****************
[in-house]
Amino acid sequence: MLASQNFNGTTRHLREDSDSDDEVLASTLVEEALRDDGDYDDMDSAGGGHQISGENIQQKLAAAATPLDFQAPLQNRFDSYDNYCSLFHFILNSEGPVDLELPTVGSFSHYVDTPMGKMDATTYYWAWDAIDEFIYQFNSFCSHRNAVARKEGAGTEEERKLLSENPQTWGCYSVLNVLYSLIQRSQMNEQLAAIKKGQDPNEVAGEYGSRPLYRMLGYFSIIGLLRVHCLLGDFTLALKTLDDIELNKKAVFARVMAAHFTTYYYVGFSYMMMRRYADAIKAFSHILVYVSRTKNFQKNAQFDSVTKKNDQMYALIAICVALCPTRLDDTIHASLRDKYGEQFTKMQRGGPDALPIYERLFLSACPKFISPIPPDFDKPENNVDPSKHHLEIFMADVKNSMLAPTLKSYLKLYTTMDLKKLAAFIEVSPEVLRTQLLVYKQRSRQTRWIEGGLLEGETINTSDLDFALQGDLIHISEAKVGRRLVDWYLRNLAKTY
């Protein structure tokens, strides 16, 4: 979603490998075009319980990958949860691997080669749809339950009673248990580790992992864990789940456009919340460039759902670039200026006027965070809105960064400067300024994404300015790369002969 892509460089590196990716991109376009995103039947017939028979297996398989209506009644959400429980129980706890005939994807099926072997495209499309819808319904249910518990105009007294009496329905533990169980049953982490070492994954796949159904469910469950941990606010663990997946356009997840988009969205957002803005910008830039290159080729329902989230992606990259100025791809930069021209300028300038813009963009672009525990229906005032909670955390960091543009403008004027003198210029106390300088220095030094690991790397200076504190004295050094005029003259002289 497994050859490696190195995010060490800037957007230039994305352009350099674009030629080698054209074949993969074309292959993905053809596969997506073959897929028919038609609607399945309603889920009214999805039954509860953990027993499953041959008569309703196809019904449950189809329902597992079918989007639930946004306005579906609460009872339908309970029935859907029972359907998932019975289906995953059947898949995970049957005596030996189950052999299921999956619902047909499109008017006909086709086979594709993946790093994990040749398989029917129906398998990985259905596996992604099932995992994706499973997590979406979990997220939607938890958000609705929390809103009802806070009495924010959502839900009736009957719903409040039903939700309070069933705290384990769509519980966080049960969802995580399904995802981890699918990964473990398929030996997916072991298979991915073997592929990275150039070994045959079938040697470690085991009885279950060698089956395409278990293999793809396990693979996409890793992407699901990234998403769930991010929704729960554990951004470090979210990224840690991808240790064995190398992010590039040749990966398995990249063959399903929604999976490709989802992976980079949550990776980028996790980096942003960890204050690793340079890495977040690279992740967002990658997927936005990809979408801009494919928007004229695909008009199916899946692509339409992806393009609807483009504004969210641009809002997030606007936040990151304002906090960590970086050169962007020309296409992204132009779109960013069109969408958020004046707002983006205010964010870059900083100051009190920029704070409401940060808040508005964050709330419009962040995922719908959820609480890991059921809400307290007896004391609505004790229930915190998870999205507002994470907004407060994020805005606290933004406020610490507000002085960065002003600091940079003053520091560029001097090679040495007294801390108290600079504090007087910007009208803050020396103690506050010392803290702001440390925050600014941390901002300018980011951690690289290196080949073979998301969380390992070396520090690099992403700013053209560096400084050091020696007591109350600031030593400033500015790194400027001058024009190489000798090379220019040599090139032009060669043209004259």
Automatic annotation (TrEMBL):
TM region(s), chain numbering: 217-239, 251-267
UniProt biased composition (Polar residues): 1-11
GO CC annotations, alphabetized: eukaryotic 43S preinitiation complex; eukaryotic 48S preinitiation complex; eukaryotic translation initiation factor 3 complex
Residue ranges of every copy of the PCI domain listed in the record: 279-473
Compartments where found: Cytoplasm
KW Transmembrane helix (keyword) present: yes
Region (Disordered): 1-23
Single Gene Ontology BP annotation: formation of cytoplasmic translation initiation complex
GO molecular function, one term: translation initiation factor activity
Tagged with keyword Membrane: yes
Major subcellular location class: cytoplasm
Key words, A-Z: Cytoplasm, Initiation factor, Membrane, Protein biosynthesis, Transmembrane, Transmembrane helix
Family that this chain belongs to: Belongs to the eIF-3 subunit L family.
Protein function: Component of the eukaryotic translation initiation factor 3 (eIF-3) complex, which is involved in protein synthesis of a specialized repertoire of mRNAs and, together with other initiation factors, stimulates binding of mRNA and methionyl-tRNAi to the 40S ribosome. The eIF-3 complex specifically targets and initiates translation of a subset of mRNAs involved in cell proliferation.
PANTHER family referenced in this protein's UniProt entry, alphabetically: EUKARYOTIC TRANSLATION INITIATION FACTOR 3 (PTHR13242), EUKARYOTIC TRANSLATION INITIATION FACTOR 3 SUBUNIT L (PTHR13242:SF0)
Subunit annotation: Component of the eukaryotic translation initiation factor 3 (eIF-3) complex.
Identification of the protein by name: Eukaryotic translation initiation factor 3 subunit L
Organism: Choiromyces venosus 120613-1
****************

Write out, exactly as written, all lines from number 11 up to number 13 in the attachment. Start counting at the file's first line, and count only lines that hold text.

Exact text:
Region (Disordered): 1-23
Single Gene Ontology BP annotation: formation of cytoplasmic translation initiation complex
GO molecular function, one term: translation initiation factor activity